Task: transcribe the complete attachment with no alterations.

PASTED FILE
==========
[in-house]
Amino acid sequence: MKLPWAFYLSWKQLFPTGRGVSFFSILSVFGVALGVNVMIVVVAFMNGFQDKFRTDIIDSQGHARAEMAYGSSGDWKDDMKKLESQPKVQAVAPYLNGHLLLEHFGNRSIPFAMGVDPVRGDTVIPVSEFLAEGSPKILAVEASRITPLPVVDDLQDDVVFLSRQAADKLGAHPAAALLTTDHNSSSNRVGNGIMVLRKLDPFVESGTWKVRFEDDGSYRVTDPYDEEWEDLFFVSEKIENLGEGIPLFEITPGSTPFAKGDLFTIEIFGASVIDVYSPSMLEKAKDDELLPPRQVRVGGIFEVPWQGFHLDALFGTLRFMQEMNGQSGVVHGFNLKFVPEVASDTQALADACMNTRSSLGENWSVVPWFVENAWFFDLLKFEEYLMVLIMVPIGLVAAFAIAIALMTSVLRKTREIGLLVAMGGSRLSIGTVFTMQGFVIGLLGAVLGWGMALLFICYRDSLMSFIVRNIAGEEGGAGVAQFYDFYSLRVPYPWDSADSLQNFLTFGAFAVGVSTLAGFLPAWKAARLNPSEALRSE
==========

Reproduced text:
[in-house]
Amino acid sequence: MKLPWAFYLSWKQLFPTGRGVSFFSILSVFGVALGVNVMIVVVAFMNGFQDKFRTDIIDSQGHARAEMAYGSSGDWKDDMKKLESQPKVQAVAPYLNGHLLLEHFGNRSIPFAMGVDPVRGDTVIPVSEFLAEGSPKILAVEASRITPLPVVDDLQDDVVFLSRQAADKLGAHPAAALLTTDHNSSSNRVGNGIMVLRKLDPFVESGTWKVRFEDDGSYRVTDPYDEEWEDLFFVSEKIENLGEGIPLFEITPGSTPFAKGDLFTIEIFGASVIDVYSPSMLEKAKDDELLPPRQVRVGGIFEVPWQGFHLDALFGTLRFMQEMNGQSGVVHGFNLKFVPEVASDTQALADACMNTRSSLGENWSVVPWFVENAWFFDLLKFEEYLMVLIMVPIGLVAAFAIAIALMTSVLRKTREIGLLVAMGGSRLSIGTVFTMQGFVIGLLGAVLGWGMALLFICYRDSLMSFIVRNIAGEEGGAGVAQFYDFYSLRVPYPWDSADSLQNFLTFGAFAVGVSTLAGFLPAWKAARLNPSEALRSE